Anthony Breznican
Breznican at the 2017 San Diego Comic-Con
Breznican at the 2017 San Diego Comic-Con
Born1976 (age 47–48)
  • Journalist
  • novelist
Alma materUniversity of Pittsburgh

Anthony Breznican (born 1976)[1] is an American journalist and novelist who currently writes for Vanity Fair. He is the author of the 2014 novel Brutal Youth, about first-year students dealing with bullying at their Catholic high school. Breznican has also written about personal memories of Philip Seymour Hoffman and Fred Rogers of Mister Rogers' Neighborhood. He lists his favorite movies as Avalon and Notting Hill.


Anthony Breznican is a film journalist and is currently the Senior Hollywood Correspondent for Vanity Fair.[2] Previously, he spent eight years as a senior staff writer for Entertainment Weekly,[3] six years at USA Today and seven years at the Associated Press. He specializes in covering tentpole franchises such as Star Wars, Marvel, and DC. Breznican also had his own SiriusXM show for six years, "Behind the Scenes with Anthony Breznican," Sirius XM 105, EW Radio, every Wednesday at 6 p.m. Eastern. His writings have also appeared in The New York Times, CNN, Essence Magazine, Playboy Magazine, Time Magazine, The Washington Post, and more.

Breznican had the Vanity Fair June 2022 cover story, Star Wars: The Rebellion Will Be Televised, shot by famed photographer, Annie Liebovitz.

He has written notably about personal remembrances of Philip Seymour Hoffman[4][5] and Fred Rogers of Mister Rogers' Neighborhood,[6][7] following the deaths of Hoffman and Rogers.

In June 2014 he published a novel, Brutal Youth, with the Thomas Dunne imprint of St. Martin's Press.[8] Author Stephen King offered a quote for the book's cover saying, "If you thought high school was hell, has Anthony Breznican got a story for you..." Set in a small mill town in Pennsylvania, Brutal Youth tells the story of three freshman students at St. Mike's Catholic School - Peter Davidek, Noah Stein, and Lorelai Paskal. The trio are trying to survive their first year at the school, which is known for its extreme hazing and bullying from the upperclassmen. Brutal Youth, inspired by events from Breznican's own childhood,[9] was praised by Kevin Nance in USA Today as being timely "in this era of heightened consciousness about bullying and its occasionally horrific consequences on high school and college campuses."[10] Nance called it a "bluntly effective debut novel" and "crackling good entertainment."[11] Reviewing the novel for Library Journal, Jan Blodgett said "Breznican captures a perfect balance of horror, heartbreak, and resilience" in his depiction of a Catholic high school fraught with hazing.[12]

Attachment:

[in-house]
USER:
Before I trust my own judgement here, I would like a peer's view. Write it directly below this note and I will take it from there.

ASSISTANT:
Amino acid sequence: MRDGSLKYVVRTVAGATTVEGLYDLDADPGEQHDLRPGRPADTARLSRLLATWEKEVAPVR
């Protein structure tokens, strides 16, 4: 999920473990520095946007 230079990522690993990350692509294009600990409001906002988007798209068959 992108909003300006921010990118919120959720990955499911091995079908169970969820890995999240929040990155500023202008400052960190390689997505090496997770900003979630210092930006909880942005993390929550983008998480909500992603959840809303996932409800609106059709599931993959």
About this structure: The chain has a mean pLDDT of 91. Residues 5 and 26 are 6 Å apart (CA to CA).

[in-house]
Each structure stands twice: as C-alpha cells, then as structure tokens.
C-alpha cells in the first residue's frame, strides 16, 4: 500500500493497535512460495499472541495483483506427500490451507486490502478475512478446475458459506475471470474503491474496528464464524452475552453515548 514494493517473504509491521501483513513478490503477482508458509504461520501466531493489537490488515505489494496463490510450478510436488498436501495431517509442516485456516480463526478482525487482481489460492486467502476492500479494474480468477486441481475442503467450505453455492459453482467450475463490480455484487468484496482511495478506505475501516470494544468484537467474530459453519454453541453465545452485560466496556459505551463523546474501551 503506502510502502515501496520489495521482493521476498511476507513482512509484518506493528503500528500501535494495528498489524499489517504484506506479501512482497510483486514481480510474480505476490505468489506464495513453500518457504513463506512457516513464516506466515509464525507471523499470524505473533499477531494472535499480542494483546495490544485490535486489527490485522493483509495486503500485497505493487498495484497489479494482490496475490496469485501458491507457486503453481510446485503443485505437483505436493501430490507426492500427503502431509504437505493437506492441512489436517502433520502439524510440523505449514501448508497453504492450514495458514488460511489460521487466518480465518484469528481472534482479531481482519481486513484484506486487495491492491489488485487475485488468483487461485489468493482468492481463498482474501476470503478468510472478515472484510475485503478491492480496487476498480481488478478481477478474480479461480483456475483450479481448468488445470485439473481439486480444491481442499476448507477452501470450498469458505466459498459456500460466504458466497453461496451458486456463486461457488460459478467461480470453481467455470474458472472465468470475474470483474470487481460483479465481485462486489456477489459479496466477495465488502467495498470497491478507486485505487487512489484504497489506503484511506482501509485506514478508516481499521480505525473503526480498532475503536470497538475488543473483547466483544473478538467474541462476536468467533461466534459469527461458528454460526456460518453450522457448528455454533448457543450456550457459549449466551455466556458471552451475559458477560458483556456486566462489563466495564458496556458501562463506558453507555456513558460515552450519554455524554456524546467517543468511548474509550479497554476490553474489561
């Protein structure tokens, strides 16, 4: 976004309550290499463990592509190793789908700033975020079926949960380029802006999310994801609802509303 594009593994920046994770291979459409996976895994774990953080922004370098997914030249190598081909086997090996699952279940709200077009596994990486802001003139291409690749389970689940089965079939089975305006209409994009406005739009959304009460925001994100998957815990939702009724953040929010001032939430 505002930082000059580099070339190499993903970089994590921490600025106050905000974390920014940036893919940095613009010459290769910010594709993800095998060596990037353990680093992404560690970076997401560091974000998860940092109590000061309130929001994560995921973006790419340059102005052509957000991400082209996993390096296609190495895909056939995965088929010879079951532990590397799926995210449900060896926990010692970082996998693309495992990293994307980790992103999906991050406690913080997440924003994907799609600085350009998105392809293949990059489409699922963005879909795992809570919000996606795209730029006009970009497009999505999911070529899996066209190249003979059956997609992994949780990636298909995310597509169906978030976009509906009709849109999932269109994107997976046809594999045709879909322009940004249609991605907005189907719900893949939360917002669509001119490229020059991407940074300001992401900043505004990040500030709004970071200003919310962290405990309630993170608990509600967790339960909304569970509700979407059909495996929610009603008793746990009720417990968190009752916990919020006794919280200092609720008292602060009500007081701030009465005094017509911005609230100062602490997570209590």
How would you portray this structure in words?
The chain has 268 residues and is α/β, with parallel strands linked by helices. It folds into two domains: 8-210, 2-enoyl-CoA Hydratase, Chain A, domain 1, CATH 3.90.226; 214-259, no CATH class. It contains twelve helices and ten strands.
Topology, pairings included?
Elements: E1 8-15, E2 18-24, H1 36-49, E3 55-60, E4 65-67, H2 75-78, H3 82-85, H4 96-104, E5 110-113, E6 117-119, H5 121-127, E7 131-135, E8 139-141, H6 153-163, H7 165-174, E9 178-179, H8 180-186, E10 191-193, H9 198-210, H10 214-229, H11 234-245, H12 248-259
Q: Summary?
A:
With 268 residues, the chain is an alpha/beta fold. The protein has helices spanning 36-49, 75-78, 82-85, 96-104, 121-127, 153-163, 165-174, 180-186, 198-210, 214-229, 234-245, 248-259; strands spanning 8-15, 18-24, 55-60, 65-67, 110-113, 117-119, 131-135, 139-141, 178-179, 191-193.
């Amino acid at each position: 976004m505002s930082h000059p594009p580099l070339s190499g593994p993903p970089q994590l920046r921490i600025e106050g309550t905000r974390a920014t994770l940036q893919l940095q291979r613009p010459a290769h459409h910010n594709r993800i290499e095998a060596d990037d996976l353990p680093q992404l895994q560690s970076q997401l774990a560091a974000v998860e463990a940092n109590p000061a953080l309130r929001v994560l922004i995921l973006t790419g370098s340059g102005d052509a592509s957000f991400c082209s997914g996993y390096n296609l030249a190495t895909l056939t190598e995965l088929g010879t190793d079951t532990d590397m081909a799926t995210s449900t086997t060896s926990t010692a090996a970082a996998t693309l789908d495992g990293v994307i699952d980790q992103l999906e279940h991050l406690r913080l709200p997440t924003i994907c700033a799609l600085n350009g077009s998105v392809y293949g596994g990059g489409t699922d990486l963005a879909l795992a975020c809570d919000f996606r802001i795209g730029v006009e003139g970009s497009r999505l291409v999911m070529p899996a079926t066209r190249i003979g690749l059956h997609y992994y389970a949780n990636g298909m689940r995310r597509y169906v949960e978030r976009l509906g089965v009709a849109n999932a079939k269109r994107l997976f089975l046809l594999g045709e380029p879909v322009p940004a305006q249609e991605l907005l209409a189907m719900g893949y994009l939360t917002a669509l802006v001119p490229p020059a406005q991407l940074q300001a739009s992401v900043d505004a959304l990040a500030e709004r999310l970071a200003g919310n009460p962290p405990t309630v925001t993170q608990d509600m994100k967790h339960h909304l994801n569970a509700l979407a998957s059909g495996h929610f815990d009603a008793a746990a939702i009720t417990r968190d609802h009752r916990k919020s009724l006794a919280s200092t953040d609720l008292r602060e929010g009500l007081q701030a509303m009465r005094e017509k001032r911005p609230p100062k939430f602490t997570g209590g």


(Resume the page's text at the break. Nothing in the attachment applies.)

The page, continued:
Personal life

Breznican grew up in New Kensington, Pennsylvania[13] and attended the University of Pittsburgh.[1] He is married with two children and lives in Los Angeles.[1]



  1. ^ a b c Vancheri, Barbara (June 26, 2014). "'Brutal Youth' author, New Kensington native returns to hometown". Pittsburgh Post-Gazette. Retrieved May 23, 2017.
  2. ^ Gardner, Chris (August 22, 2019). "Vanity Fair Hires Ex-Entertainment Weekly Writer Anthony Breznican as Special Correspondent (Exclusive)". The Hollywood Reporter. Archived from the original on November 5, 2021. Retrieved November 5, 2021.
  3. ^ "'Brutal Youth': Three High Schoolers Fight To Survive Bullying". All Things Considered. NPR. June 14, 2014. Retrieved May 23, 2017.
  4. ^ Dreher, Rod (February 6, 2014). "Philip Seymour Hoffman: Dad". The American Conservative. Retrieved May 23, 2017.
  5. ^ Horgan, Richard (February 6, 2014). "EW Writer Shares Three-Act Philip Seymour Hoffman Memory". AdWeek. Retrieved May 23, 2017.
  6. ^ Codinha, Alessandra (May 23, 2017). "In the Aftermath of Tragedy in Manchester, a Mister Rogers Story Takes the Internet By Storm". Vogue. Retrieved May 23, 2017.
  7. ^ Jones, Hayley (January 30, 2017). "After Manchester, This Amazing 'Mister Rogers' Story May Be More Important Than Ever". The Daily Beast. Retrieved May 23, 2017.
  8. ^ "Summer Books Preview 2014". Los Angeles Times. May 29, 2014. Retrieved May 23, 2017.
  9. ^ Sacks, Ethan (June 2, 2015). "Entertainment Weekly's Anthony Breznican takes novel approach with 'Brutal Youth': Find inspiration from his tough high school years". New York Daily News. Archived from the original on June 3, 2015. Retrieved November 5, 2021.
  10. ^ Nance, Kevin. "Breznican's 'Youth' is brutal but not boring". USA TODAY. Retrieved September 7, 2021.
  11. ^ Nance, Kevin (June 21, 2014). "Breznican's 'Youth' is brutal but not boring". USA Today. Retrieved May 23, 2017.
  12. ^ Blodgett, Jan (June 5, 2014). "Fiction from Hilderbrand, McGrath, Thayer, & Woods, and Debuts from Breznican & Dicker | Xpress Reviews". Library Journal Reviews. Archived from the original on October 21, 2017. Retrieved May 23, 2017.
  13. ^ Sacks, Ethan (June 2, 2015). "Anthony Breznican takes novel approach with 'Brutal Youth'". NY Daily News. Retrieved May 23, 2017.